Gray Level Co-occurrence Matrices (GLCM)๏ƒ

In this notebook, we will demonstrate how to use Gray Level Co-occurrence Matrices (GLCM), also known as haralick features, to perform texture analysis with PyImageJ. To learn more on GLCM and its applications, please visit the GLCM wikipedia page.

In this example, we will work with a 2D image (shape: (500, 500)) of HeLa cells infected with HIVNL4-3 expressing mVenus tagged Gag polyprotein. The field of view contains 4 cells, 3 of which are at below the cooperative threshold for Gag assembly (i.e. the concentration of HIV Gag is too low to multimerize into viral particles at the plasma membrane) and 1 cell at or above the assembly threshold1. This workflow extracts 6 crops from the sample image, 4 crops from each of the cells and 2 crops from the background, and computes the GLCM correlation and difference variance values. By analyzing the texture of the crops from each cellโ€™s cytoplasm we can identify cells in active viral particle production (cell 4) and cells that are expressing the flourescent Gag protein but not yet producing viral particles (cells 1, 2 and 3).

Cells with labels

Cells 1, 2 and 3 are below Gag assembly threshold and are not making viral particles. Cell 4 is at or above the assembly threshold and is making viral particles.

Texture analysis with GLCM๏ƒ

The GLCM operation requires 3 parameters, in addition to the input image, that need to be carefully selected.

Gray Levels๏ƒ

The number of discrete intensity values to bin the image pixel data into. Typically you want to select a value that is smaller than the maximum gray value of the given image as a power of 2. For example, if your image is 8-bit then the maximum gray value (i.e. the maximum value you can store in an 8-bit address) is 255. Therefore, good gray level values for 8-bit images are powers of 2 smaller than 255:


















The distance a pair of pixels at a given orientation/angle to consider. This value should be adjusted for your dataset. For fine textures start with small pixel distance values (e.g. 2). For coarser details use a larger distance value.


The angle at which pairs of pixels are compared, using the specified pixel distance, to check for co-occurrence. A specific angle can be used for rotationally significant features, or for rotationally invariant features, co-occurrence matrices can be iteratively generated at varying angles and averaged together.

Available GLCM texture analyses in imagej-ops๏ƒ

The imagej-ops framework offers the following GLCM/Haralick feature texture measurements:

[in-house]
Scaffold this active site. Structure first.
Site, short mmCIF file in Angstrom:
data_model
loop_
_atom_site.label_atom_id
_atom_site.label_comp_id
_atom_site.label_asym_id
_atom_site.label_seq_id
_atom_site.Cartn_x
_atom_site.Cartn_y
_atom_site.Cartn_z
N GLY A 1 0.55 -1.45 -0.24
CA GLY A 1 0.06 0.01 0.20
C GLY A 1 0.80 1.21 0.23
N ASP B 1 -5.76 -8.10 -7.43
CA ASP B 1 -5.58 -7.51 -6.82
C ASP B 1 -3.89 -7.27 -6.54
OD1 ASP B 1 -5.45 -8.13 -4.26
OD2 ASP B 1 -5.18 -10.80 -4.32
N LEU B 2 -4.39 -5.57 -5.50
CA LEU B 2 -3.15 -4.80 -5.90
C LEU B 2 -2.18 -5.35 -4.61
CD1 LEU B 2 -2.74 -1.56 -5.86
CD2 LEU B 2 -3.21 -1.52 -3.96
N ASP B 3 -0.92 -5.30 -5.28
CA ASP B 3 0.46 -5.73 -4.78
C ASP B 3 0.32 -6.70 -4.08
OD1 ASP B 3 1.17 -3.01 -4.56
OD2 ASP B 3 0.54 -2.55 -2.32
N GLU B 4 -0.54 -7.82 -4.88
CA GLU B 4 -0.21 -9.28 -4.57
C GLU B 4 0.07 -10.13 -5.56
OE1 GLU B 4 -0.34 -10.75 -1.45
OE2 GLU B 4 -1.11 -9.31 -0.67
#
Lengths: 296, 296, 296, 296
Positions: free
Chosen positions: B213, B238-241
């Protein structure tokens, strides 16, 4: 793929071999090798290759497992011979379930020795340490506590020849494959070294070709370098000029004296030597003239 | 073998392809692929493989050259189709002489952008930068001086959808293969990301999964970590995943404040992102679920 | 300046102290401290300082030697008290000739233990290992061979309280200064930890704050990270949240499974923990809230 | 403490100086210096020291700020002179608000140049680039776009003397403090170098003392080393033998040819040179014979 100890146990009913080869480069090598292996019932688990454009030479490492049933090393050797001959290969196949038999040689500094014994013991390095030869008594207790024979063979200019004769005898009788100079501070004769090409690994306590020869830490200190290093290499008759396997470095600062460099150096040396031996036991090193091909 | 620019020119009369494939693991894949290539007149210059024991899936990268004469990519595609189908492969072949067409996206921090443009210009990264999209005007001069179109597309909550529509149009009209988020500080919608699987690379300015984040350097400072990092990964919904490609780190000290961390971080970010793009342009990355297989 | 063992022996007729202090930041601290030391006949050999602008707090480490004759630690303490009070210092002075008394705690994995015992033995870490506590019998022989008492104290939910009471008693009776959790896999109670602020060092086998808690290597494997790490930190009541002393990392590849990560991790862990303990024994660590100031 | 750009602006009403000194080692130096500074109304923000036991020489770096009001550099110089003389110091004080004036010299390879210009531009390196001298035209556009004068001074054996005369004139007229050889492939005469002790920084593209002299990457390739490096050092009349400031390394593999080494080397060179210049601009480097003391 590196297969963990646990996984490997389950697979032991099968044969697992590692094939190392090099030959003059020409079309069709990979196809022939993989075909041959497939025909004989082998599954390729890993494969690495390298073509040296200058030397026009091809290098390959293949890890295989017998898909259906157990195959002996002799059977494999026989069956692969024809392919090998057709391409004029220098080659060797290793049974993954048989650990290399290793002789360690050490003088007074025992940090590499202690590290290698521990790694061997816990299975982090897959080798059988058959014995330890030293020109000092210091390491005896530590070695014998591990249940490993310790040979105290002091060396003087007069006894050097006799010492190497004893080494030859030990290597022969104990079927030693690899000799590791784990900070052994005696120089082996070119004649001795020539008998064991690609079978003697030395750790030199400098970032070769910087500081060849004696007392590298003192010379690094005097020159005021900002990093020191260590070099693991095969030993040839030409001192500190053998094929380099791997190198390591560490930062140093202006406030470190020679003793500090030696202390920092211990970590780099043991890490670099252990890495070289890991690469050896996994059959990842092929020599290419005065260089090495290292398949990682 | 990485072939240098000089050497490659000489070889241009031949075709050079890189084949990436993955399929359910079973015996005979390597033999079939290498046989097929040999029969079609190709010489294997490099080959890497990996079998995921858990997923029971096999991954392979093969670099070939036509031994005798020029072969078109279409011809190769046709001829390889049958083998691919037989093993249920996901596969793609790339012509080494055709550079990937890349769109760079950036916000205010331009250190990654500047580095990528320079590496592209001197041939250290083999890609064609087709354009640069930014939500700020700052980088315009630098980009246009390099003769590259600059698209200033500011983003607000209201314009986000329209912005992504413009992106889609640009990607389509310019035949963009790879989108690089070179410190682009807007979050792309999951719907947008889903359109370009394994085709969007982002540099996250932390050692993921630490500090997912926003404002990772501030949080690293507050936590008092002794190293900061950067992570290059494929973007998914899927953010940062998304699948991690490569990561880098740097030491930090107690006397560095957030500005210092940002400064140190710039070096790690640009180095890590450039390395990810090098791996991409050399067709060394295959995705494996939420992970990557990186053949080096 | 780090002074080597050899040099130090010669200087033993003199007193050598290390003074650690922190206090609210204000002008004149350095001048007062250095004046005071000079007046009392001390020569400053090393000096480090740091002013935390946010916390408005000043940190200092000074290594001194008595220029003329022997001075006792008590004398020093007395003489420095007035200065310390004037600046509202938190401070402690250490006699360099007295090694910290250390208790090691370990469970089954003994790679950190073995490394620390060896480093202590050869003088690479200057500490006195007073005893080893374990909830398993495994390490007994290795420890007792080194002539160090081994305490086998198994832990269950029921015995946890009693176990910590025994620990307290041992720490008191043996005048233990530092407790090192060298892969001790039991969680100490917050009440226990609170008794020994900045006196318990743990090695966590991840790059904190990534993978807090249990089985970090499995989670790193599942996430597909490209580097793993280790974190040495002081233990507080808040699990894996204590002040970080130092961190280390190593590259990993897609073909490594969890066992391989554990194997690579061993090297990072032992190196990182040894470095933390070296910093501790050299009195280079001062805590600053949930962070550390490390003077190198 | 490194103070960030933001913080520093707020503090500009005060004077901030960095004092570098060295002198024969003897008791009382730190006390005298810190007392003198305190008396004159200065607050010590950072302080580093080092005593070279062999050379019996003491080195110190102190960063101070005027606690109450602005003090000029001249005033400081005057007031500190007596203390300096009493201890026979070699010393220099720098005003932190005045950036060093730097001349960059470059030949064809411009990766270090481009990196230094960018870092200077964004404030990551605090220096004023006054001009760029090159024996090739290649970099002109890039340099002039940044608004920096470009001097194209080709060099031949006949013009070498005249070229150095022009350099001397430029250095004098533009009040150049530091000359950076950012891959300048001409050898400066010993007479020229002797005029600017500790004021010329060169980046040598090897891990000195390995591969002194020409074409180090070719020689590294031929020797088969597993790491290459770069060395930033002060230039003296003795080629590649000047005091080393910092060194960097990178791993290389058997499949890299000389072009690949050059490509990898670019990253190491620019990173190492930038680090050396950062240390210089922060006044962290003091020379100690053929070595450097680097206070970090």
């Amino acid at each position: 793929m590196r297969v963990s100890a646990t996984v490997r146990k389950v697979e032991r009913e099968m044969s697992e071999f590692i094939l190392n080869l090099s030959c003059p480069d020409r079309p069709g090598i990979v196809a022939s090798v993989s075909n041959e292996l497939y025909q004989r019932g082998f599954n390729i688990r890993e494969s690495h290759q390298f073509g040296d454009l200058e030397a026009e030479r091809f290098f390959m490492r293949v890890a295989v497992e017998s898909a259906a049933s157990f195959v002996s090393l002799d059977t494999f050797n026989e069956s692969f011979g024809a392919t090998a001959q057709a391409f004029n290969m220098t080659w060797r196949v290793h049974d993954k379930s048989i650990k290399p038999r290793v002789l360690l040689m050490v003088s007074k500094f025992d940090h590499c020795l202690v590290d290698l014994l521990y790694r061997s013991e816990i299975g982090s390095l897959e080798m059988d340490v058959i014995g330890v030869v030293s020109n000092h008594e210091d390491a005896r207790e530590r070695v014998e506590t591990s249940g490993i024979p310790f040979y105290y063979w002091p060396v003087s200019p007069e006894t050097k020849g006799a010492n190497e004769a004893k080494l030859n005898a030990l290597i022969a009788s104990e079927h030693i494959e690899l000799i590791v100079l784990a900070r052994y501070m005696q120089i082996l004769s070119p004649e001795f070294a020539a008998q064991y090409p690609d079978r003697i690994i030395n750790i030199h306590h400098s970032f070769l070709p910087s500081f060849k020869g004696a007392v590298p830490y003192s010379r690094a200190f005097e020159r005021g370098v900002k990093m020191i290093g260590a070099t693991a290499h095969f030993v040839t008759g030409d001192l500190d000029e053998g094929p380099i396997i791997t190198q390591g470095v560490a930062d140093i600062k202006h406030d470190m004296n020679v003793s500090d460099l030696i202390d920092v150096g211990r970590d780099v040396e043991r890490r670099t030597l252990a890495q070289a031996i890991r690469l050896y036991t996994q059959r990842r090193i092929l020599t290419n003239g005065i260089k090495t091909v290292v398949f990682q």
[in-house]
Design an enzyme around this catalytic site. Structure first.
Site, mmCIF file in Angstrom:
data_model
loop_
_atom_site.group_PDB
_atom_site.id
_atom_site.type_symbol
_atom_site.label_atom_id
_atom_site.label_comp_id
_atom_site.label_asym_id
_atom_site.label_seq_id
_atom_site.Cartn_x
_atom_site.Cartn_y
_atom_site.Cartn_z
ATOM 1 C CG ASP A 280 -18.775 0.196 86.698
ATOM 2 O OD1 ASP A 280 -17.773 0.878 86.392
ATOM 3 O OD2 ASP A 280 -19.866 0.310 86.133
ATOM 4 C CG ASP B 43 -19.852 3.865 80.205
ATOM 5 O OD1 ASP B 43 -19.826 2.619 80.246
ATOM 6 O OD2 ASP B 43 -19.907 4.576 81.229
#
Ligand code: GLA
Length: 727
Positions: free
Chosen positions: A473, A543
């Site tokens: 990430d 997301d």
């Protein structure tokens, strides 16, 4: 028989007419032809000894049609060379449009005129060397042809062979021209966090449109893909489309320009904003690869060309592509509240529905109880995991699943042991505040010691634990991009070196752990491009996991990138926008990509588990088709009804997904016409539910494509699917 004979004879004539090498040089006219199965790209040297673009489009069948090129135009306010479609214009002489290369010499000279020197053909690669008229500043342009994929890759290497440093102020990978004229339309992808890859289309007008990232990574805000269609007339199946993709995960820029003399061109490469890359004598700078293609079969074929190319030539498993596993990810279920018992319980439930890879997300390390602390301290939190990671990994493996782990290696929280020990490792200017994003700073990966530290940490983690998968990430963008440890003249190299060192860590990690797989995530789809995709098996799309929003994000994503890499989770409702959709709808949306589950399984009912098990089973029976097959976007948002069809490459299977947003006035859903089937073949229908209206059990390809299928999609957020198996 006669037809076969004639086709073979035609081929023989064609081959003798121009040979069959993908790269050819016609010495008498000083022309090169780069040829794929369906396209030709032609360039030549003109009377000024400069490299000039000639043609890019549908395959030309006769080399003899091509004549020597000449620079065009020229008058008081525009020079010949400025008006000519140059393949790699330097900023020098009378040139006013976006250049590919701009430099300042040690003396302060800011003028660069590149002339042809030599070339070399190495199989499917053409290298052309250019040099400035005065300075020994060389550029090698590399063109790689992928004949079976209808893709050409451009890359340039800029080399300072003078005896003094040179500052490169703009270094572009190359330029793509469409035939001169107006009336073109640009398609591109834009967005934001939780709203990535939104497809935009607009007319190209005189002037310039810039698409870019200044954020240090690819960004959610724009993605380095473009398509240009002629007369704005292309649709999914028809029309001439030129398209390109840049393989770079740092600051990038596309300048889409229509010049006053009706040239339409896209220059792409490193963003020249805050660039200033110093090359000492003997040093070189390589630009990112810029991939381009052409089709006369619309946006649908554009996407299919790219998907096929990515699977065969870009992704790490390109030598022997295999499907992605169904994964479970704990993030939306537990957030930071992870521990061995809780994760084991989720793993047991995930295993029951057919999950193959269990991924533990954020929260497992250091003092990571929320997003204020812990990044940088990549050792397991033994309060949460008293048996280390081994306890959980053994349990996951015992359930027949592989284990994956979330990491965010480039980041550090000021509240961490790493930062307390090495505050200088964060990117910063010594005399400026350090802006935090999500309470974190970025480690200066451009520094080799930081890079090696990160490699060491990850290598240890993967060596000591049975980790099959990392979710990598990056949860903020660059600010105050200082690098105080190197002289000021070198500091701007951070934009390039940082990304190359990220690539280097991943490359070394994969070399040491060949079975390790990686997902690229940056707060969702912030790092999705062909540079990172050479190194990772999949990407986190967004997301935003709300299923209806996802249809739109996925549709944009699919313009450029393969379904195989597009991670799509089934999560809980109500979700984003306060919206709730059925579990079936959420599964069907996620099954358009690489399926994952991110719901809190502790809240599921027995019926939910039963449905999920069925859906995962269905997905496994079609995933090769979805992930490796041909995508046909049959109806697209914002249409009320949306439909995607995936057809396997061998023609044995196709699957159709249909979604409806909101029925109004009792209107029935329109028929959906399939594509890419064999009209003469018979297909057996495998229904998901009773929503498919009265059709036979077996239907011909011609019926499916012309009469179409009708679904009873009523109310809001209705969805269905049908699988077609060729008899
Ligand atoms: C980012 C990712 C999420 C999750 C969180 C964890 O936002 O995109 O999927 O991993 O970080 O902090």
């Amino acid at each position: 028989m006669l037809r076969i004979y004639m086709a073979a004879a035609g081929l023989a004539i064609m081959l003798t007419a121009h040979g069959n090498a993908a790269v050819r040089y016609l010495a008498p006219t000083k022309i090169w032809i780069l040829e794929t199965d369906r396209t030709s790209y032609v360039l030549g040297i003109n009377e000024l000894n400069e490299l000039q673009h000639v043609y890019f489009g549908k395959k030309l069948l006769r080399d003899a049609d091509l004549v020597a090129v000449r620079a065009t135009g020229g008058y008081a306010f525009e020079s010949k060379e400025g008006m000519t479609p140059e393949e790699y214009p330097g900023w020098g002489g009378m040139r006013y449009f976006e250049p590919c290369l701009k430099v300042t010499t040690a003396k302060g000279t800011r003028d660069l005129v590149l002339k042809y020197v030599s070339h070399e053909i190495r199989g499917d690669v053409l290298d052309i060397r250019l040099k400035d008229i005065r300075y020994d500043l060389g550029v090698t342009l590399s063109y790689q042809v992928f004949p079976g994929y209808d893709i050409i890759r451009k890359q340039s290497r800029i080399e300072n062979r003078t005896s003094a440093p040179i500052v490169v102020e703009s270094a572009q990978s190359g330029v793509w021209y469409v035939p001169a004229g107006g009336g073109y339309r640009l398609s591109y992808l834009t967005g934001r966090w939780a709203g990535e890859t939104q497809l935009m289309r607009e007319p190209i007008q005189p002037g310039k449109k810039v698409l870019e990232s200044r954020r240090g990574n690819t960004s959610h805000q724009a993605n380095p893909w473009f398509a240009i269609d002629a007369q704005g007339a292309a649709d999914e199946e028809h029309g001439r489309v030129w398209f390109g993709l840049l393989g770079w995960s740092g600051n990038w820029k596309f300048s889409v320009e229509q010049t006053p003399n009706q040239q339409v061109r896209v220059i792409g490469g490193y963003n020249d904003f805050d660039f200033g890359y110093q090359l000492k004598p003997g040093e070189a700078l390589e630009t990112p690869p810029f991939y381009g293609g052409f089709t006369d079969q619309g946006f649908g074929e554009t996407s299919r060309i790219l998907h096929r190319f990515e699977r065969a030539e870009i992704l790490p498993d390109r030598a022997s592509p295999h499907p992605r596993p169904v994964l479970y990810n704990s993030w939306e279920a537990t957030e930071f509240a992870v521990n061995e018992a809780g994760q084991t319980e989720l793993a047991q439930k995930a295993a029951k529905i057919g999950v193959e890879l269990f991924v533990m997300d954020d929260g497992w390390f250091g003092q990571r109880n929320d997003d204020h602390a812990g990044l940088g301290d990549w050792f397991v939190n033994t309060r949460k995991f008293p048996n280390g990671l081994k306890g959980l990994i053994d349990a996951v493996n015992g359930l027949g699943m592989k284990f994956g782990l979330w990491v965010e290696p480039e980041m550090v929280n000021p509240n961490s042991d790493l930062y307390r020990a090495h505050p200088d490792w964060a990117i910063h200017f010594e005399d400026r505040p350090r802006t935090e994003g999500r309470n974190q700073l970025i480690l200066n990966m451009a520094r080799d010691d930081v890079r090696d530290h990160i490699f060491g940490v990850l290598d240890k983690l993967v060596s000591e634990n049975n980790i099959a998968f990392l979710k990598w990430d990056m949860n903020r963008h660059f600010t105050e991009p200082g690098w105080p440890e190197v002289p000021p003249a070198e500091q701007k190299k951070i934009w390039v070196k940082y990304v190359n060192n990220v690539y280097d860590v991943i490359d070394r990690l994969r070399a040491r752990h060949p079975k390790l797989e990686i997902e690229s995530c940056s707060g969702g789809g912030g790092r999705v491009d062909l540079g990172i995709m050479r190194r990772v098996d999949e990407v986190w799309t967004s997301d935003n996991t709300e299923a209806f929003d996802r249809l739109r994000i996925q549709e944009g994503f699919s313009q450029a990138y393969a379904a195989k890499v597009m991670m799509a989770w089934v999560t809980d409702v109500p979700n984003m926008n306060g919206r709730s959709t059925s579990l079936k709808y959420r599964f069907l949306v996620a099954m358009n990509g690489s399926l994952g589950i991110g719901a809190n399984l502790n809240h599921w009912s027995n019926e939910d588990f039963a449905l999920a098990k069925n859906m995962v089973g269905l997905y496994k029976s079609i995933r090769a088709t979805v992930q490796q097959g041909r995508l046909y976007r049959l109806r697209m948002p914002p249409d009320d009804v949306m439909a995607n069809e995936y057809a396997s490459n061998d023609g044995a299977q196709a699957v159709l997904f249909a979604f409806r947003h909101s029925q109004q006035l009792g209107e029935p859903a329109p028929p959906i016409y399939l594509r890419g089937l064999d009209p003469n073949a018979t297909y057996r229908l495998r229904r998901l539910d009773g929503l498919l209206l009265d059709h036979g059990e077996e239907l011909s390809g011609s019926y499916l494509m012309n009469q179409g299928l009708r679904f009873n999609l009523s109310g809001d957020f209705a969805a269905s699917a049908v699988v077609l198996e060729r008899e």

• Angular Secondary Moment (ASM)

  • Cluster Prominence

  • Cluster Shade

  • Contrast

  • Correlation

  • Difference Entropy

  • Difference Variance

  • Entropy

  • Information Measure of Correlation 1 (icm1)

  • Information Measure of Correlation 2 (icm2)

  • Inverse Difference Moment (ifdm)

  • Max Probability

  • Sum Average

  • Sum Entropy

  • Texture Homogeneity

  • Variance

Correlation and Difference Variance GLCM textures๏ƒ

This notebook will use two texture measurements: correlation and difference variance. The correlation texture measurement is a measure of linear gray level dependency between a given set of pixels. High correlation values indicate there is a strong linear relationship between the gray levels in the image. Conversely, low correlation values indicate a weak linear relationship. Visually a texture with a higher correlation value indicates a smoother or more uniform texture, while a lower value suggests an image texture with more rapid changes and variations in pixel intensity.

The difference variance texture is a measure of pixel intensity variation between a given set of pixels. High difference variance values indicate that there is significant pixel intensity variation between a given set of pixel gray levels. Low difference variance values indicate that there are fewer transitions between gray level pair values. Visually, a texture with a higher difference variance value may appear noisy, whereas a texture with a lower difference variance value will appear more homogeneous.

With these two textures measurements we can analyze an image and determine how smooth and variable the images are.

Using PyImageJ and imagej-ops for GLCM texture analysis๏ƒ

Letโ€™s start by first initializing ImageJ2 and import the needed Java classes.

import imagej
import matplotlib.pyplot as plt
import pandas as pd
from matplotlib import patches

ij = imagej.init(add_legacy=False)
print(f"ImageJ2 version: {ij.getVersion()}")
ImageJ2 version: 2.14.0

Next we need to import the MatrixOrientation2D Java class which contains angle parameters we can specify. To make it easy to use all four angles (antidiagonal, diagonal, horizontal and vertical), letโ€™s load the MatrixOrientation2D orientations into a list.

# get MatrixOrientation2D Java class
MatrixOrientation2D ='net.imagej.ops.image.cooccurrenceMatrix.MatrixOrientation2D')

# create orientation list
orientations = [

The following cell will set up the run_glcm() and process_crops()functions. The run_glcm() function accepts a single 2D image, obtains the correlation and difference variance GLCM texture values and returns a tuple. The process_crops() function will process a dict of crops we will generate later and feeds each crop to the run_glcm() function. Because this dataset does not have any rotationally significant features, the process_crops() function will iterate through all 4 orientations and average the results before returning a pandas.DataFrame. Once we have the pandas.DataFrame we can easily plot the data on a scattter plot.

def run_glcm(img, gray_levels: int, dist: int, angle):
    Compute the correlation and difference variance GLCM textures from an image.

    :param img: An input ImgPlus
    :param gray_levels: Number of gray levels
    :param dist: Distance in pixels
    :param angle: MatrixOrientation2D angle
    :return: A tuple of floats: (correlation, difference variance)
    # compute correlation and difference variance
    corr = ij.op().haralick().correlation(img, gray_levels, dist, angle)
    diff = ij.op().haralick().differenceVariance(img, gray_levels, dist, angle)
    # convert to Python float
    corr =
    diff =